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Iceland offers essential groceries for 1p this week

Bananas, bread, and butter are included, but there's a limit to how much you can order

Iceland has reduced over 420 essential items to just 1p until the end of this Friday - however, shoppers will be limited to three items to make savings on.

Online shoppers can get three items for a total of 3p if they use the code ‘ICEPENNY’ at the checkout. 

Eligible products in the ‘Penny Staples’ range include milk, bread and butter, along with a host of fruits, vegetables and snacks.

This comes as consumers are being hit by rising food prices amid the cost-of-living crisis

Here, Which? explains how the promotion works and other ways to save on your weekly shop. 

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How to get Iceland essentials for 1p

You can find the range of eligible products on Iceland's deals webpage. Most of the items on offer usually cost around £1 and there’s a mixture of own-label goods and products from brands like Pot Noodle and Warburtons. 

The promotion is online-only and it runs until Friday 24 June, so you need to place your order this week to benefit. To activate the deal, add three eligible items to your basket and enter the promo code ‘ICEPENNY’ at checkout before you pay. 

You can only use the discount on three items, even if you add more from the range to your basket. When we placed an order for 25 eligible products and entered the code, the discount was only applied to three of them, leaving the rest at full price. We were able to save £3.22 in total on two items reduced from £1 and one reduced from £1.25.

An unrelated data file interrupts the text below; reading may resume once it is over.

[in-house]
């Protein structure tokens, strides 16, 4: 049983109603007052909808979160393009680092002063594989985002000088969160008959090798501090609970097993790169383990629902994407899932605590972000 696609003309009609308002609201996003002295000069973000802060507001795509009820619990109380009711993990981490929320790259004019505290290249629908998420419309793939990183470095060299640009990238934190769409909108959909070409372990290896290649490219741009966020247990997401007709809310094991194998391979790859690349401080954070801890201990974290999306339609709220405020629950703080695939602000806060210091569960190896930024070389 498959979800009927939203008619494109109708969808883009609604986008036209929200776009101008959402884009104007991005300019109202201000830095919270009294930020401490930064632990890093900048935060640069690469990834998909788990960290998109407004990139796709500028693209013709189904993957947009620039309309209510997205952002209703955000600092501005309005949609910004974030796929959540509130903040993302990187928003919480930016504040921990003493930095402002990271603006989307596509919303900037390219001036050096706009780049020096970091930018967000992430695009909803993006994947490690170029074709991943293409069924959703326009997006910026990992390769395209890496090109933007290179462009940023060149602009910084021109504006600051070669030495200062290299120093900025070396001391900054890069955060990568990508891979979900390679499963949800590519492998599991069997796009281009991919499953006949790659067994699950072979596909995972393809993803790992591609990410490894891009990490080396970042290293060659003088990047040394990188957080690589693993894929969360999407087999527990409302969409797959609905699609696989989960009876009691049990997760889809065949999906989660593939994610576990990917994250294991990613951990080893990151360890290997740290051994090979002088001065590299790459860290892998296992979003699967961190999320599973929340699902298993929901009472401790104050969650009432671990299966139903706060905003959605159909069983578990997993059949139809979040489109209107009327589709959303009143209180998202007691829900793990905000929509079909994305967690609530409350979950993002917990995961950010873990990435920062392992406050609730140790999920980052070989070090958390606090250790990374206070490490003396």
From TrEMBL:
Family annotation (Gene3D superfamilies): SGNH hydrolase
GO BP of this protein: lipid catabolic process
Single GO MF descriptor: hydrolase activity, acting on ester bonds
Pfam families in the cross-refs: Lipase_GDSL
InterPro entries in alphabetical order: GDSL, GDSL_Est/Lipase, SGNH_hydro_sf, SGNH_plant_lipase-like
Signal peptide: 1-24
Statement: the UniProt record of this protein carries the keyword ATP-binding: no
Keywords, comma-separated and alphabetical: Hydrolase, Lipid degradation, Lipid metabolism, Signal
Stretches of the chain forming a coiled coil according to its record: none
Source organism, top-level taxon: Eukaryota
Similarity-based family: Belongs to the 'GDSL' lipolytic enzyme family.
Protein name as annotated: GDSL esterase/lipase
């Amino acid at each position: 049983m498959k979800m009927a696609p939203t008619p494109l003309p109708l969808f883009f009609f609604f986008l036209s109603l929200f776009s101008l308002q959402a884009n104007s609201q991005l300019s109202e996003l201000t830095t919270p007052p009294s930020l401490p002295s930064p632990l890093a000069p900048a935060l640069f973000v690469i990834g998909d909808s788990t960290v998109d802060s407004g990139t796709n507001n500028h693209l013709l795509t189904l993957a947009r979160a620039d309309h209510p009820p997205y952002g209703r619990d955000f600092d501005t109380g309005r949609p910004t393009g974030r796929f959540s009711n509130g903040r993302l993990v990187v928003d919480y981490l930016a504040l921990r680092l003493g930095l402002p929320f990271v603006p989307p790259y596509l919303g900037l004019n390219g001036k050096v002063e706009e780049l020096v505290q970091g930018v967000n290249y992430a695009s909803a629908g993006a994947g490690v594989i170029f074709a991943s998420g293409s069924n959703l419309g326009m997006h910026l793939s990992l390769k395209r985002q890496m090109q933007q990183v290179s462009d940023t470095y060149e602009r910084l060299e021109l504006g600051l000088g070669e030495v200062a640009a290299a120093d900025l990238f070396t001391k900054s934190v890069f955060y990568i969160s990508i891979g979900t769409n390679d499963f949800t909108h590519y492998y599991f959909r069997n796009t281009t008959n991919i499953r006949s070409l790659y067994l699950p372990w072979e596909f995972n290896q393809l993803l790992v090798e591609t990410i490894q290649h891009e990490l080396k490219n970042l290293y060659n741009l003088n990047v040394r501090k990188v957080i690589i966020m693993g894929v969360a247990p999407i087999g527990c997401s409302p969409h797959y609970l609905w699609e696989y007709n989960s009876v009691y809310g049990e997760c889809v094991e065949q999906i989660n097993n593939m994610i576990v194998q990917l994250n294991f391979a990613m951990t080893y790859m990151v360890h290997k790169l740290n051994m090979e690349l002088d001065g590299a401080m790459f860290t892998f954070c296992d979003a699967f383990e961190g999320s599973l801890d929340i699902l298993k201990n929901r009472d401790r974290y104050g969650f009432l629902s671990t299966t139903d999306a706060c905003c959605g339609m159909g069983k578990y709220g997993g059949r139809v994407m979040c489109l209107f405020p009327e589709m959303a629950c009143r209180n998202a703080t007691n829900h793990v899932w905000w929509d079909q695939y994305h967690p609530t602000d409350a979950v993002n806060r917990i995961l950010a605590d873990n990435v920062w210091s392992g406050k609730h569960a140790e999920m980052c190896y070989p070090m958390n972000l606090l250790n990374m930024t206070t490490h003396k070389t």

Iceland’s online orders have a minimum spend of £25, so you’ll have to use the deal as part of a bigger shop. Delivery is another £3, or free if you spend over £40.

Should you shop at Iceland?

When we surveyed over 3,000 shoppers last year, Iceland was rated the best supermarket for online shopping, with customers praising the app and website, as well as the ease of finding slots. 

Iceland was also the supermarket least likely to send substitutions: only 18% of shoppers we surveyed had received a substitution in their latest order, less than half the average of 39% across all supermarkets.

The frozen food specialist fared poorly in our supermarket sustainability investigation, though, generating more emissions than its competitors.

How are food prices affecting inflation?

Rising grocery prices have helped push inflation to a 40-year high. When we analysed 21,000 grocery products across two years, we found prices had risen by 3.14% on average. But certain items had seen much bigger increases. 

Some 265 products – including Kellogg’s Crunchy Nut Corn Flakes (500g) at Tesco and own-brand mushrooms at Asda – had seen more than 20% inflation. 

Our full investigation into the truth about food inflation has more detail, along with a comparison of average inflation by supermarket. 

How to save on grocery shopping

Iceland’s 1p deals might help you out for one week, but inflation isn’t going anywhere. So how else can you keep your grocery costs down?

1) Choose the cheapest supermarket

Simply shopping at a different superstore could have a big impact on your grocery bill. Each month we compare a basket of 18 popular items across eight major supermarkets. Lidl has been the cheapest for six months. In May it was a huge £8.30 cheaper than its most expensive rival. 

2) Avoid convenience supermarket stores

The ease of popping to your high street supermarket branch could come at a price. We’ve found that you could end up spending 9.5% more a year if you shop at Sainsbury’s Local instead of a Sainsbury’s superstore.

3) Buy in bulk

If you can, try shopping at a wholesaler for lower prices on larger quantities. You could also buy bigger portions of non-perishable goods from the supermarket if you know you’ll use them eventually. Pay close attention to the ‘price per kg’ part of the label to make sure you’re getting a better deal.